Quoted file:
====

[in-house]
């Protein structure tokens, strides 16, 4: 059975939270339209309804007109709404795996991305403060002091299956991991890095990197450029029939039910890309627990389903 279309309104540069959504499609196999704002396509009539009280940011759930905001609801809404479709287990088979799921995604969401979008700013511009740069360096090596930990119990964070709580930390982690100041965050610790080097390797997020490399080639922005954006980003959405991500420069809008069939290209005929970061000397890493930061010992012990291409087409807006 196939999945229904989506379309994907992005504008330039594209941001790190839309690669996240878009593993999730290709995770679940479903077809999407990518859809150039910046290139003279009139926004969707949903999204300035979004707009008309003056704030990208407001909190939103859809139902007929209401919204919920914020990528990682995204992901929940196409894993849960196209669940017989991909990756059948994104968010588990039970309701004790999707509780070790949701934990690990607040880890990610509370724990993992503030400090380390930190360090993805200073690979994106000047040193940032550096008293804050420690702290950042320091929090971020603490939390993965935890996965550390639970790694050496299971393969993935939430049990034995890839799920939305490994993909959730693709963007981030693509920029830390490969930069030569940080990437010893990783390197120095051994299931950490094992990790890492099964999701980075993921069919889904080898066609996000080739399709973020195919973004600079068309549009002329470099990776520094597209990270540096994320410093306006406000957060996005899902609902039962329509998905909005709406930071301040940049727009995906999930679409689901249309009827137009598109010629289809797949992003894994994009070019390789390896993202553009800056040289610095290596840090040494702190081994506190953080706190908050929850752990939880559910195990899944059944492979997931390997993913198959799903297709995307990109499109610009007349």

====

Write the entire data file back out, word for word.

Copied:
[in-house]
């Protein structure tokens, strides 16, 4: 059975939270339209309804007109709404795996991305403060002091299956991991890095990197450029029939039910890309627990389903 279309309104540069959504499609196999704002396509009539009280940011759930905001609801809404479709287990088979799921995604969401979008700013511009740069360096090596930990119990964070709580930390982690100041965050610790080097390797997020490399080639922005954006980003959405991500420069809008069939290209005929970061000397890493930061010992012990291409087409807006 196939999945229904989506379309994907992005504008330039594209941001790190839309690669996240878009593993999730290709995770679940479903077809999407990518859809150039910046290139003279009139926004969707949903999204300035979004707009008309003056704030990208407001909190939103859809139902007929209401919204919920914020990528990682995204992901929940196409894993849960196209669940017989991909990756059948994104968010588990039970309701004790999707509780070790949701934990690990607040880890990610509370724990993992503030400090380390930190360090993805200073690979994106000047040193940032550096008293804050420690702290950042320091929090971020603490939390993965935890996965550390639970790694050496299971393969993935939430049990034995890839799920939305490994993909959730693709963007981030693509920029830390490969930069030569940080990437010893990783390197120095051994299931950490094992990790890492099964999701980075993921069919889904080898066609996000080739399709973020195919973004600079068309549009002329470099990776520094597209990270540096994320410093306006406000957060996005899902609902039962329509998905909005709406930071301040940049727009995906999930679409689901249309009827137009598109010629289809797949992003894994994009070019390789390896993202553009800056040289610095290596840090040494702190081994506190953080706190908050929850752990939880559910195990899944059944492979997931390997993913198959799903297709995307990109499109610009007349």